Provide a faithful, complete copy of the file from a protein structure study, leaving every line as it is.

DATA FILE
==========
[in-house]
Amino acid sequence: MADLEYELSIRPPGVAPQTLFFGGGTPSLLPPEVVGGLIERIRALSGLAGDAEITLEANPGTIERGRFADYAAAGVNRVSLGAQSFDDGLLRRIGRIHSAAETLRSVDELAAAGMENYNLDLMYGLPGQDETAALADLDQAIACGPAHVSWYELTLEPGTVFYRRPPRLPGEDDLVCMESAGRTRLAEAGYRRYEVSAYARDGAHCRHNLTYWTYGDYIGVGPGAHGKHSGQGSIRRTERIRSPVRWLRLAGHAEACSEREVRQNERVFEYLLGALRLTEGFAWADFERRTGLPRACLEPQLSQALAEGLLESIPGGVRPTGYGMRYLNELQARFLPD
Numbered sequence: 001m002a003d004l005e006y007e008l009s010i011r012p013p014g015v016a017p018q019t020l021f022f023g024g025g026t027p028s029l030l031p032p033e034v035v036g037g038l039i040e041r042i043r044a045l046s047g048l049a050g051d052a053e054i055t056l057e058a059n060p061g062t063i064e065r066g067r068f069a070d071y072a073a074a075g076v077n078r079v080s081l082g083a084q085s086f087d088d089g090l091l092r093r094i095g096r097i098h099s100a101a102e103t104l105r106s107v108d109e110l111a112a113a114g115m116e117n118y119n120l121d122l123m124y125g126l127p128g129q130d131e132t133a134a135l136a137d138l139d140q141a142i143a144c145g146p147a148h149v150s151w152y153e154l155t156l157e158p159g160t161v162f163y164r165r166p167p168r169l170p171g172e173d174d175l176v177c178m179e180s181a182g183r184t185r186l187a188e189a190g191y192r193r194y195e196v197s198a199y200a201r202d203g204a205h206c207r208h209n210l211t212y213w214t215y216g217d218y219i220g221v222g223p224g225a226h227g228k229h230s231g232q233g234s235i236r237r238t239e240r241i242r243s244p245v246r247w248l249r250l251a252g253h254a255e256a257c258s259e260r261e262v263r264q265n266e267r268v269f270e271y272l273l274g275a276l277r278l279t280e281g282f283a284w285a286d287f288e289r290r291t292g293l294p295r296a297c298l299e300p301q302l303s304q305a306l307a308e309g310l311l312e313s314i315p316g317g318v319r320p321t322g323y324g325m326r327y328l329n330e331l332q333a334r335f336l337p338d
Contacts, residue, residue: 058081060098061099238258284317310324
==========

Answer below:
[in-house]
Amino acid sequence: MADLEYELSIRPPGVAPQTLFFGGGTPSLLPPEVVGGLIERIRALSGLAGDAEITLEANPGTIERGRFADYAAAGVNRVSLGAQSFDDGLLRRIGRIHSAAETLRSVDELAAAGMENYNLDLMYGLPGQDETAALADLDQAIACGPAHVSWYELTLEPGTVFYRRPPRLPGEDDLVCMESAGRTRLAEAGYRRYEVSAYARDGAHCRHNLTYWTYGDYIGVGPGAHGKHSGQGSIRRTERIRSPVRWLRLAGHAEACSEREVRQNERVFEYLLGALRLTEGFAWADFERRTGLPRACLEPQLSQALAEGLLESIPGGVRPTGYGMRYLNELQARFLPD
Numbered sequence: 001m002a003d004l005e006y007e008l009s010i011r012p013p014g015v016a017p018q019t020l021f022f023g024g025g026t027p028s029l030l031p032p033e034v035v036g037g038l039i040e041r042i043r044a045l046s047g048l049a050g051d052a053e054i055t056l057e058a059n060p061g062t063i064e065r066g067r068f069a070d071y072a073a074a075g076v077n078r079v080s081l082g083a084q085s086f087d088d089g090l091l092r093r094i095g096r097i098h099s100a101a102e103t104l105r106s107v108d109e110l111a112a113a114g115m116e117n118y119n120l121d122l123m124y125g126l127p128g129q130d131e132t133a134a135l136a137d138l139d140q141a142i143a144c145g146p147a148h149v150s151w152y153e154l155t156l157e158p159g160t161v162f163y164r165r166p167p168r169l170p171g172e173d174d175l176v177c178m179e180s181a182g183r184t185r186l187a188e189a190g191y192r193r194y195e196v197s198a199y200a201r202d203g204a205h206c207r208h209n210l211t212y213w214t215y216g217d218y219i220g221v222g223p224g225a226h227g228k229h230s231g232q233g234s235i236r237r238t239e240r241i242r243s244p245v246r247w248l249r250l251a252g253h254a255e256a257c258s259e260r261e262v263r264q265n266e267r268v269f270e271y272l273l274g275a276l277r278l279t280e281g282f283a284w285a286d287f288e289r290r291t292g293l294p295r296a297c298l299e300p301q302l303s304q305a306l307a308e309g310l311l312e313s314i315p316g317g318v319r320p321t322g323y324g325m326r327y328l329n330e331l332q333a334r335f336l337p338d
Contacts, residue, residue: 058081060098061099238258284317310324